Many studies have already suggested a link between negative emotions, social factors and certain chronic stressors and negative heart effects. While mood or mentality are factors that can be regulated or modified, they represent a new relevant target for new clinical interventions. Empirical studies suggest that optimistic people are likely to succeed in all areas. There are also documented associations between optimism and favorable outcomes for physical health. A recent study, quoted by researchers, even suggested a link between high optimism and reduced risk of specific cardiac complications.
Work on optimism to improve one's heart health
This analysis largely confirms these conclusions, with some limitations, including a systematic consideration of possible confounding factors, including smoking, diabetes, and hypertension. However, the sample size and duration of monitoring leave little room for doubt. The results are all the more interesting because features such as optimism and pessimism can be easily measured, as well as variable factors. We hope that by acting on mood and general well-being we can reduce the incidence of cardiovascular disorders …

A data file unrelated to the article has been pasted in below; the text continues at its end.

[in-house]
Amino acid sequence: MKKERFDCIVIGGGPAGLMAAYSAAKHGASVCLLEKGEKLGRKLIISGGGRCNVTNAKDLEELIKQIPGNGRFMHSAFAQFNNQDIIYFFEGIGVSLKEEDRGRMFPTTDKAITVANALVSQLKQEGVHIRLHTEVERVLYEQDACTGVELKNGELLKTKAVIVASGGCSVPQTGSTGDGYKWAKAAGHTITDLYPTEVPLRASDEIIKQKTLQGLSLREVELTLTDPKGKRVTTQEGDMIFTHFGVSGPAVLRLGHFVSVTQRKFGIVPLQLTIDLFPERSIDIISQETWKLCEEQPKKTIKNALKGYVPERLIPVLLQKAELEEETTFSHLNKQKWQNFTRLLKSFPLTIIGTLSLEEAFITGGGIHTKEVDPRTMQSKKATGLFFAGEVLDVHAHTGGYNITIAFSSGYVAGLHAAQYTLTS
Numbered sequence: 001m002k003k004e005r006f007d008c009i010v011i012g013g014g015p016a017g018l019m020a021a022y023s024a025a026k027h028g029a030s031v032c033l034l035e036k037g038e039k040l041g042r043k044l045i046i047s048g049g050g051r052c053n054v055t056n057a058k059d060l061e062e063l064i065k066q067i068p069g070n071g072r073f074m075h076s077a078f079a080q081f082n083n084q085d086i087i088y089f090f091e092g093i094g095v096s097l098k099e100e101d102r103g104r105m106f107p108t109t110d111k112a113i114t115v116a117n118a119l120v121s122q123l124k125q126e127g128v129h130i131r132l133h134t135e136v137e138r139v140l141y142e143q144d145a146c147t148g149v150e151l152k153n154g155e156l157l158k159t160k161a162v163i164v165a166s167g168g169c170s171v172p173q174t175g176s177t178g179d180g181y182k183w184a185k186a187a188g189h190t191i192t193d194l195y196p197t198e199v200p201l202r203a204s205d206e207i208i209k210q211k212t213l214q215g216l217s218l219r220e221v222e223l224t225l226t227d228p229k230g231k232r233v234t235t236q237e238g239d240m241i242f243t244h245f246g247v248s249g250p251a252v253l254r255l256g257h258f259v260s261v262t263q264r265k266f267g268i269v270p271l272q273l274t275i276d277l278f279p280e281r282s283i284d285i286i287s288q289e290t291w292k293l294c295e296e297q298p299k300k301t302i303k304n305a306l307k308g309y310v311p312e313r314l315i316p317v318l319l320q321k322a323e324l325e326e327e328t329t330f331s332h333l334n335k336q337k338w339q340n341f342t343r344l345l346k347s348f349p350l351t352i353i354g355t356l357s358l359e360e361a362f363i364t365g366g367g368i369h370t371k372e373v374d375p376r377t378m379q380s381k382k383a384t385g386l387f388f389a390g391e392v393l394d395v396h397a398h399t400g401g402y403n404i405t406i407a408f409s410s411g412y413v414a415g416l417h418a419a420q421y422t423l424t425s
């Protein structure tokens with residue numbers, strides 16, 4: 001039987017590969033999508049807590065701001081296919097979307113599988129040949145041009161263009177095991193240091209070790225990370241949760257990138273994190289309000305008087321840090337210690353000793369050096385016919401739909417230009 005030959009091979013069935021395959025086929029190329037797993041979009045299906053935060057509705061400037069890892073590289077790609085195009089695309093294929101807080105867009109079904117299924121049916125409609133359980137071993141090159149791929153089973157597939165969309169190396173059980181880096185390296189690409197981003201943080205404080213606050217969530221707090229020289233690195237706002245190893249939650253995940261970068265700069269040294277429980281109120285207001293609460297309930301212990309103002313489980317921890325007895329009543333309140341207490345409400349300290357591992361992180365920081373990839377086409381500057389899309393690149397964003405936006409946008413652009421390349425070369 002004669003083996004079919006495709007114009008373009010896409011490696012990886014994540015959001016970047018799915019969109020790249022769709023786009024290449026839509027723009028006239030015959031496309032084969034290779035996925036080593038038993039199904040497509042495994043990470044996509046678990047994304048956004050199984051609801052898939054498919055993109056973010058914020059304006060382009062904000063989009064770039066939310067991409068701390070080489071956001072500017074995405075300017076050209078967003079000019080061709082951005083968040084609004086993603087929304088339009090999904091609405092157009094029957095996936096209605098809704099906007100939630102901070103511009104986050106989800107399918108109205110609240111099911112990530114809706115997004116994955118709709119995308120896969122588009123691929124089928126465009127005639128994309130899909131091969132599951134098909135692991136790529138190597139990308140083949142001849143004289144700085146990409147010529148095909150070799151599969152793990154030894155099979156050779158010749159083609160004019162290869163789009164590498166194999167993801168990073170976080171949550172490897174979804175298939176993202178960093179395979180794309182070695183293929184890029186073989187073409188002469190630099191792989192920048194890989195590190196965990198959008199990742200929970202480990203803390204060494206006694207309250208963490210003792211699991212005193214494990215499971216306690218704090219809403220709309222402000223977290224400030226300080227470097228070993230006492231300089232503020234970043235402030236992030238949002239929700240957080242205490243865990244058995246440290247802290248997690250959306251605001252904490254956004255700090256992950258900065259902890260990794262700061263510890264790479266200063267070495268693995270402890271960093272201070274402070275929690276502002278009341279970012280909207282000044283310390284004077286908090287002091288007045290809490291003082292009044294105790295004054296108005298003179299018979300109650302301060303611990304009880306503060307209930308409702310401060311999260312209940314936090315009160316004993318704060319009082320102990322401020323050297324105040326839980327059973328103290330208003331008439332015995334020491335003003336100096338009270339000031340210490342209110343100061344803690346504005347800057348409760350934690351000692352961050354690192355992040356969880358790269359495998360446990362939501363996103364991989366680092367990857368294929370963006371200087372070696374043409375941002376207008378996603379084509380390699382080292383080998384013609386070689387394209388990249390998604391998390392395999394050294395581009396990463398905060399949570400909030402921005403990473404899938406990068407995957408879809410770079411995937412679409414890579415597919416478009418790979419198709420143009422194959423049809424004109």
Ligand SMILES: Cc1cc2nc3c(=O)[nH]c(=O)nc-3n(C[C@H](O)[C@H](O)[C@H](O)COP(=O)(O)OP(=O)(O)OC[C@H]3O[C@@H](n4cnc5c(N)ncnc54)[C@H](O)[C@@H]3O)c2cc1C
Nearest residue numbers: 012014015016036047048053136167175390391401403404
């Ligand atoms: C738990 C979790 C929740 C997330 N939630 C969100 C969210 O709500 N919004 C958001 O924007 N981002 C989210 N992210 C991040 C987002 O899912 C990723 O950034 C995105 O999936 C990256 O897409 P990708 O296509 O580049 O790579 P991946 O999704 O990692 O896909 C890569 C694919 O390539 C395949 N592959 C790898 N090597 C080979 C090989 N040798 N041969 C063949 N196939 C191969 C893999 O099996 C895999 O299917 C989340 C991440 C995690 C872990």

Optimism reduces cardiovascular risk by 35%: New York researchers have defined optimism as a state of mind defined as a tendency to think that good things will happen in the future. They have identified all the major medical and scientific databases of all groups of studies investigating the link between optimism and pessimism and cardiovascular events and / or deaths for all causes. Major findings include cardiovascular mortality, incidence of nonfatal myocardial infarction, stroke and recent angina. Fifteen studies involving a total of 229,391 participants were selected, including 10 providing data on cardiovascular events and 9 for all-cause mortality. The overall analysis reveals that optimism is significantly related to:
- reducing the risk of cardiovascular events by 35%,
- at risk of mortality for all reasons reduced by 14%.
The results confirm a significant association between optimism and reduced risk of cardiovascular events and deaths for all causes. Researchers are planning further research on the bio-behavioral mechanisms underlying this association.
Finally, they suggest that interventions designed to promote optimism or reduce pessimism can outweigh the benefits of mental health, and may also help reduce cardiovascular risks, especially for those at high risk.